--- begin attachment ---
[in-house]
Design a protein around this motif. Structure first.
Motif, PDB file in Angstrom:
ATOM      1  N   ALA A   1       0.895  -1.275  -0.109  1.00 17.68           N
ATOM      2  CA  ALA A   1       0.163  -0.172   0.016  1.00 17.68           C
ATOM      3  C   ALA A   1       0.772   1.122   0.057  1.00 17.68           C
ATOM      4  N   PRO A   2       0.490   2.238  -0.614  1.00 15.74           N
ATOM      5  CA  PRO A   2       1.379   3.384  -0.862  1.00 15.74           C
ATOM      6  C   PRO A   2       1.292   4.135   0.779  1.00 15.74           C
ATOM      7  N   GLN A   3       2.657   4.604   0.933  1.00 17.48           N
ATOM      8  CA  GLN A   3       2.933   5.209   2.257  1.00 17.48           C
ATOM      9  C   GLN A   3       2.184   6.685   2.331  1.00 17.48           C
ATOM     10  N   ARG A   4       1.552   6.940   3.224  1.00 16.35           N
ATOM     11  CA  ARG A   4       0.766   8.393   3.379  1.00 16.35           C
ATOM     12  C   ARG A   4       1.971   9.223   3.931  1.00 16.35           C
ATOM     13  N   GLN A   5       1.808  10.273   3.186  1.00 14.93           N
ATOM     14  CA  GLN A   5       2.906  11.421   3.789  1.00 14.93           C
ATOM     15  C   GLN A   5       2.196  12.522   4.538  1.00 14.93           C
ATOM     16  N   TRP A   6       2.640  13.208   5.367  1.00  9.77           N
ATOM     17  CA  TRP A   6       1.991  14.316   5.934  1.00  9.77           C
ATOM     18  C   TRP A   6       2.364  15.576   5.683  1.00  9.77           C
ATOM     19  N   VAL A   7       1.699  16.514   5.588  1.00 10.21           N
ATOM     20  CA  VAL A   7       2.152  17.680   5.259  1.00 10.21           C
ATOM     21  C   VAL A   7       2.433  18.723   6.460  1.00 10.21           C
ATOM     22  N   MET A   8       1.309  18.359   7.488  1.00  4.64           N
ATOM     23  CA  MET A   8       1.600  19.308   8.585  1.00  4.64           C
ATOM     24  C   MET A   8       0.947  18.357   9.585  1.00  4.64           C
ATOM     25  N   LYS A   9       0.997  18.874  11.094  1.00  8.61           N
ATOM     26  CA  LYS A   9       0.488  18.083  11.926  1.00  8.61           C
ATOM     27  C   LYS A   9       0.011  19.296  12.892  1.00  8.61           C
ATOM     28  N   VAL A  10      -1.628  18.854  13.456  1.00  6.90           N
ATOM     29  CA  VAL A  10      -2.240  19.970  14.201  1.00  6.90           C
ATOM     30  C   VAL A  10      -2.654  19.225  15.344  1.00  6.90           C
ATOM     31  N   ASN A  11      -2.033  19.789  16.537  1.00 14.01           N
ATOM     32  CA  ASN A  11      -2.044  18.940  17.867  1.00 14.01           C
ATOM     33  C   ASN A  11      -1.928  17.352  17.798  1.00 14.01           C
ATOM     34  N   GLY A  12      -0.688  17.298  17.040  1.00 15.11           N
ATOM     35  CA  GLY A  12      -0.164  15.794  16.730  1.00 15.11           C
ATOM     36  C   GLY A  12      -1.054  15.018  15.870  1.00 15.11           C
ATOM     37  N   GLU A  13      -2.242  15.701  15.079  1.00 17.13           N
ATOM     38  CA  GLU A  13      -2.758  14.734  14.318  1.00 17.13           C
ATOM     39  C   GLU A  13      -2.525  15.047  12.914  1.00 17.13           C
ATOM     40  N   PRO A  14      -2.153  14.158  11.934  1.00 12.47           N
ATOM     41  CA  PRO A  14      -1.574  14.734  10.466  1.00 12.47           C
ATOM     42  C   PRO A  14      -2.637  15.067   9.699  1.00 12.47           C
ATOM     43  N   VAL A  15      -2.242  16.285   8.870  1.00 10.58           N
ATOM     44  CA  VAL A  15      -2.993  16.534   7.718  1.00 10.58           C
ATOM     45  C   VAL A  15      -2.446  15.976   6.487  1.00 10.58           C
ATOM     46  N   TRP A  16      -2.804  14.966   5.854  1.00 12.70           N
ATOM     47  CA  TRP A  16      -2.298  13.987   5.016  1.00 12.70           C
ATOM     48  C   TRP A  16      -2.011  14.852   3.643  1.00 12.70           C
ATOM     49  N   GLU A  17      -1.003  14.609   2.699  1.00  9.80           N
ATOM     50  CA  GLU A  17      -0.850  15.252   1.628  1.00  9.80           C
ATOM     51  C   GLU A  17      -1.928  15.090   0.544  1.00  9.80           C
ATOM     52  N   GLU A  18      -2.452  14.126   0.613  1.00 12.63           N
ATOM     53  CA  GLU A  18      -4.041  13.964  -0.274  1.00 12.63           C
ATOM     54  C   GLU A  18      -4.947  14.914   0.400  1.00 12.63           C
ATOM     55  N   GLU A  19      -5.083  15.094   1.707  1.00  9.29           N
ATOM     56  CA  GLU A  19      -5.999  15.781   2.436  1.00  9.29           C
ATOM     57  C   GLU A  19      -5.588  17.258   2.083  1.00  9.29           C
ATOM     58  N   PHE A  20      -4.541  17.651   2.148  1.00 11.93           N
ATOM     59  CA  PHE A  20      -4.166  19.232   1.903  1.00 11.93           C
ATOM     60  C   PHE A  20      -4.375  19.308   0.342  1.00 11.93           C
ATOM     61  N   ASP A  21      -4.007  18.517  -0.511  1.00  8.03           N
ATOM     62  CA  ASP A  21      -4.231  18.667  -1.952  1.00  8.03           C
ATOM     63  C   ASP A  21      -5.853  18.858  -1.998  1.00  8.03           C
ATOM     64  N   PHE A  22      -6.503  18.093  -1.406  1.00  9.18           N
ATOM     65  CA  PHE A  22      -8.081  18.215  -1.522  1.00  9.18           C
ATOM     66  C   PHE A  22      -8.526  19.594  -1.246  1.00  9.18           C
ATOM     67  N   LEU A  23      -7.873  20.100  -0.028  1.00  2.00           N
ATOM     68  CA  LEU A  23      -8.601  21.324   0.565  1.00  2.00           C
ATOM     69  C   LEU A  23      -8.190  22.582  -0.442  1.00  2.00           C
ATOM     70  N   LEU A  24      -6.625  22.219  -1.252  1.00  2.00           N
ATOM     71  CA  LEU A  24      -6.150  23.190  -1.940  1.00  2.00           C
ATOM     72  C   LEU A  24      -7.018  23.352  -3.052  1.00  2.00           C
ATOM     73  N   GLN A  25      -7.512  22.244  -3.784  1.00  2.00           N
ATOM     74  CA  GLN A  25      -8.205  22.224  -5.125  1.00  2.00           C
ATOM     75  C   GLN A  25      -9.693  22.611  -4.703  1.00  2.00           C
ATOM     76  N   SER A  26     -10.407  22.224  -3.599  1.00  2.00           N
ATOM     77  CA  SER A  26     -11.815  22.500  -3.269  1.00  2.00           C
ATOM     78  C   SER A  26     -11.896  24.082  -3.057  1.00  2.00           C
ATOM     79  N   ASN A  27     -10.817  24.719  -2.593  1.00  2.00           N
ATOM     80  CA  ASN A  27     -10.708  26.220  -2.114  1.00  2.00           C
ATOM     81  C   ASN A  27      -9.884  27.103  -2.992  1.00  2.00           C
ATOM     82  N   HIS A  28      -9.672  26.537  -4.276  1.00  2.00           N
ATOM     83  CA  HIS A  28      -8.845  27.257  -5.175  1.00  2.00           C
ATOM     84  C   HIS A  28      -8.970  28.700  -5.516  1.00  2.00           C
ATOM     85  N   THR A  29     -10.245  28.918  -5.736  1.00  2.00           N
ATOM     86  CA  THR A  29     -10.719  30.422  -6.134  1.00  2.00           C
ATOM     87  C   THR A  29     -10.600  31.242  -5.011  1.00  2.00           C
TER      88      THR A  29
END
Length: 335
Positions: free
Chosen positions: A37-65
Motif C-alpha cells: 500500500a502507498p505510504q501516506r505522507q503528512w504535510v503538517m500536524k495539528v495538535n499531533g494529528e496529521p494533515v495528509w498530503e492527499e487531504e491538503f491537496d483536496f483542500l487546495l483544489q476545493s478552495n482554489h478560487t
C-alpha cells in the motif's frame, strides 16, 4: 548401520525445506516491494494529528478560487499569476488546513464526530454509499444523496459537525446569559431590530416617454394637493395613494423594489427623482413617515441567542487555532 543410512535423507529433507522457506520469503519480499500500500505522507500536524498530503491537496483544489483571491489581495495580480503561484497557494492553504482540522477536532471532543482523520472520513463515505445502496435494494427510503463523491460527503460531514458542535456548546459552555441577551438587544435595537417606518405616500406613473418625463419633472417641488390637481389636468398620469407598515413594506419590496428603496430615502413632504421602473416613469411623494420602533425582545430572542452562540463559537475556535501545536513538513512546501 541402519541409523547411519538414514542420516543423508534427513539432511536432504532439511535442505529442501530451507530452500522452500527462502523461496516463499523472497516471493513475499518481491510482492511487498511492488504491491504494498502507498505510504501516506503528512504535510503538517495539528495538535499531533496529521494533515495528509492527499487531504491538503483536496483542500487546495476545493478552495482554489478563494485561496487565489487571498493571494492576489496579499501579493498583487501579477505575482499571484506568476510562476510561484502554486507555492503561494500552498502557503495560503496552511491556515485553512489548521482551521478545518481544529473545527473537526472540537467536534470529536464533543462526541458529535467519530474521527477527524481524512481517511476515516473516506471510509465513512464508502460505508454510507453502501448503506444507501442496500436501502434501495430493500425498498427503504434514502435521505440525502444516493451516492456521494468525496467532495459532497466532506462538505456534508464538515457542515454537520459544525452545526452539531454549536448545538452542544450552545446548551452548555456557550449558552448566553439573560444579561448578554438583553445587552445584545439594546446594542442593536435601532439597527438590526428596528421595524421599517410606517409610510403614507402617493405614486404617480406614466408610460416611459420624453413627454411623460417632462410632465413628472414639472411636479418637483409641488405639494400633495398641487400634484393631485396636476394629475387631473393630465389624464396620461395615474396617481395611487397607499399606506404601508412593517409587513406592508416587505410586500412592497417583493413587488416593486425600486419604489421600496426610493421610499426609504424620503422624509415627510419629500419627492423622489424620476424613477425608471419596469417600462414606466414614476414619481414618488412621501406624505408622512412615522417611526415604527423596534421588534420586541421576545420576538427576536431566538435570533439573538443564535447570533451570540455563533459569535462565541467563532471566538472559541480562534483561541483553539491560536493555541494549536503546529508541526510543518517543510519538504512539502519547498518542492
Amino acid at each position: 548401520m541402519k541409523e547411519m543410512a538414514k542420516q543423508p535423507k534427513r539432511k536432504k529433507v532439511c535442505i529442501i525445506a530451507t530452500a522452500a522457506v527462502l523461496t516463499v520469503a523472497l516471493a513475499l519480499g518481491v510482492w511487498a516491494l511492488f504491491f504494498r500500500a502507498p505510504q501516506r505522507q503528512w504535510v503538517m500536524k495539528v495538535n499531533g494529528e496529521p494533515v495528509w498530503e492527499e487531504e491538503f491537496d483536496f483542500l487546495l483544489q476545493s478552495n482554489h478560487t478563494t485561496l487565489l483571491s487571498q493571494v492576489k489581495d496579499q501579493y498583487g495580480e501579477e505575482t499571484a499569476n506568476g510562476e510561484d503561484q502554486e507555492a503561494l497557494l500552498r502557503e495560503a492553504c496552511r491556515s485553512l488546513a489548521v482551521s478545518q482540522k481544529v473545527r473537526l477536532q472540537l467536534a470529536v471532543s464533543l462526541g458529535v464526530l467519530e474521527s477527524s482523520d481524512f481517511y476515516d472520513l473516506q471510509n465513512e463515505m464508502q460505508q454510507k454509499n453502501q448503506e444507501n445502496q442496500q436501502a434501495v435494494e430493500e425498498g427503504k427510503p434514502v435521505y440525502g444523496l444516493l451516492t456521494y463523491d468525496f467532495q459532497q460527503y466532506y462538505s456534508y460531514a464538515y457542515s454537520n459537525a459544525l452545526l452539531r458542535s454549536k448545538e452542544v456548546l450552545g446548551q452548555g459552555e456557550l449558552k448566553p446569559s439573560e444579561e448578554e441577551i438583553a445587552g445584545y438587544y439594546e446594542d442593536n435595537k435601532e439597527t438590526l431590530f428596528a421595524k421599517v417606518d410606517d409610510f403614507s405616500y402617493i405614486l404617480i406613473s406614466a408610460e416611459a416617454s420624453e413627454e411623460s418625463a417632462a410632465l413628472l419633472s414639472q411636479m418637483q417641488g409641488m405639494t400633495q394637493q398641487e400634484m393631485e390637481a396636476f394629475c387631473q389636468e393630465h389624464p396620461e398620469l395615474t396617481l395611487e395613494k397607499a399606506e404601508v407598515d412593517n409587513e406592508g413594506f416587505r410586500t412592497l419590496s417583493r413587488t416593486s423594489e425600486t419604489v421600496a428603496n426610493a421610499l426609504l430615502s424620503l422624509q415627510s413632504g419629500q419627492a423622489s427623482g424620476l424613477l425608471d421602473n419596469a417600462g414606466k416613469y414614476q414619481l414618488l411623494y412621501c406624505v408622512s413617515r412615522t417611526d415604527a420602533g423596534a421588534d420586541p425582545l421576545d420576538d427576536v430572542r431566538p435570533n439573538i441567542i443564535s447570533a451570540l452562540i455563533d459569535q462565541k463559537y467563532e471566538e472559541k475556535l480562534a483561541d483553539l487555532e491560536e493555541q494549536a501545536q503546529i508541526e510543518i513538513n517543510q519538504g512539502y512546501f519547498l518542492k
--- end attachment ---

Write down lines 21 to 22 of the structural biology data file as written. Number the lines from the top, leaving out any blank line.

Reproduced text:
ATOM     18  C   TRP A   6       2.364  15.576   5.683  1.00  9.77           C
ATOM     19  N   VAL A   7       1.699  16.514   5.588  1.00 10.21           N